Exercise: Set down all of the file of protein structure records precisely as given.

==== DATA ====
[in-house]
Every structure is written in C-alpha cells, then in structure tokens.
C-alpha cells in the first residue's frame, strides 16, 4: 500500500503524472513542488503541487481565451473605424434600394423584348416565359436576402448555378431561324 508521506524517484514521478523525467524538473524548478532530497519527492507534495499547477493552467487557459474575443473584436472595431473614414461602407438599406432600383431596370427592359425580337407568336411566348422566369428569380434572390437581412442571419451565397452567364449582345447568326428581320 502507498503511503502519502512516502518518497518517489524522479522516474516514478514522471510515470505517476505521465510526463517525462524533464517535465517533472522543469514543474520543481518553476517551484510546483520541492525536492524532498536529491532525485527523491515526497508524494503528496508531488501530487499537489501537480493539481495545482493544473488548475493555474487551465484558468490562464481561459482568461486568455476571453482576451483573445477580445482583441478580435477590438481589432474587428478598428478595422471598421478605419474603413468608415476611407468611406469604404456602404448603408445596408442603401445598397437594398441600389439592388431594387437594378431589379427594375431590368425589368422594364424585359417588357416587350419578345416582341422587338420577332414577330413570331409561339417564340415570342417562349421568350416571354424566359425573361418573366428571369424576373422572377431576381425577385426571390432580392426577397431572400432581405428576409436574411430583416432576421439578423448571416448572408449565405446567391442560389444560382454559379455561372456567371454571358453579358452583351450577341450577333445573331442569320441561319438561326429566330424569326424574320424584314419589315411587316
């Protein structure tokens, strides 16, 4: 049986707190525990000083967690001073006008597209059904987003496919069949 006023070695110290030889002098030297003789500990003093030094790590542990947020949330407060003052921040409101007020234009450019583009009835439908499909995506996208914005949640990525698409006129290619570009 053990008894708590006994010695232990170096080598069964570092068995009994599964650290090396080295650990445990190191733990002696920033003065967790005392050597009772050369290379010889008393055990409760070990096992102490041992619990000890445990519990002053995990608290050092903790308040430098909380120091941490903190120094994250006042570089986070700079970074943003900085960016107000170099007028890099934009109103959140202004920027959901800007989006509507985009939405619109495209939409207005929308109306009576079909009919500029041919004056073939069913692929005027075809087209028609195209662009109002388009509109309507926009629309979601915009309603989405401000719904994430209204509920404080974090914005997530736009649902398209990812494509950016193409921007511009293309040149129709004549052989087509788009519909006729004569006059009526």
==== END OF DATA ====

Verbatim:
[in-house]
Every structure is written in C-alpha cells, then in structure tokens.
C-alpha cells in the first residue's frame, strides 16, 4: 500500500503524472513542488503541487481565451473605424434600394423584348416565359436576402448555378431561324 508521506524517484514521478523525467524538473524548478532530497519527492507534495499547477493552467487557459474575443473584436472595431473614414461602407438599406432600383431596370427592359425580337407568336411566348422566369428569380434572390437581412442571419451565397452567364449582345447568326428581320 502507498503511503502519502512516502518518497518517489524522479522516474516514478514522471510515470505517476505521465510526463517525462524533464517535465517533472522543469514543474520543481518553476517551484510546483520541492525536492524532498536529491532525485527523491515526497508524494503528496508531488501530487499537489501537480493539481495545482493544473488548475493555474487551465484558468490562464481561459482568461486568455476571453482576451483573445477580445482583441478580435477590438481589432474587428478598428478595422471598421478605419474603413468608415476611407468611406469604404456602404448603408445596408442603401445598397437594398441600389439592388431594387437594378431589379427594375431590368425589368422594364424585359417588357416587350419578345416582341422587338420577332414577330413570331409561339417564340415570342417562349421568350416571354424566359425573361418573366428571369424576373422572377431576381425577385426571390432580392426577397431572400432581405428576409436574411430583416432576421439578423448571416448572408449565405446567391442560389444560382454559379455561372456567371454571358453579358452583351450577341450577333445573331442569320441561319438561326429566330424569326424574320424584314419589315411587316
């Protein structure tokens, strides 16, 4: 049986707190525990000083967690001073006008597209059904987003496919069949 006023070695110290030889002098030297003789500990003093030094790590542990947020949330407060003052921040409101007020234009450019583009009835439908499909995506996208914005949640990525698409006129290619570009 053990008894708590006994010695232990170096080598069964570092068995009994599964650290090396080295650990445990190191733990002696920033003065967790005392050597009772050369290379010889008393055990409760070990096992102490041992619990000890445990519990002053995990608290050092903790308040430098909380120091941490903190120094994250006042570089986070700079970074943003900085960016107000170099007028890099934009109103959140202004920027959901800007989006509507985009939405619109495209939409207005929308109306009576079909009919500029041919004056073939069913692929005027075809087209028609195209662009109002388009509109309507926009629309979601915009309603989405401000719904994430209204509920404080974090914005997530736009649902398209990812494509950016193409921007511009293309040149129709004549052989087509788009519909006729004569006059009526």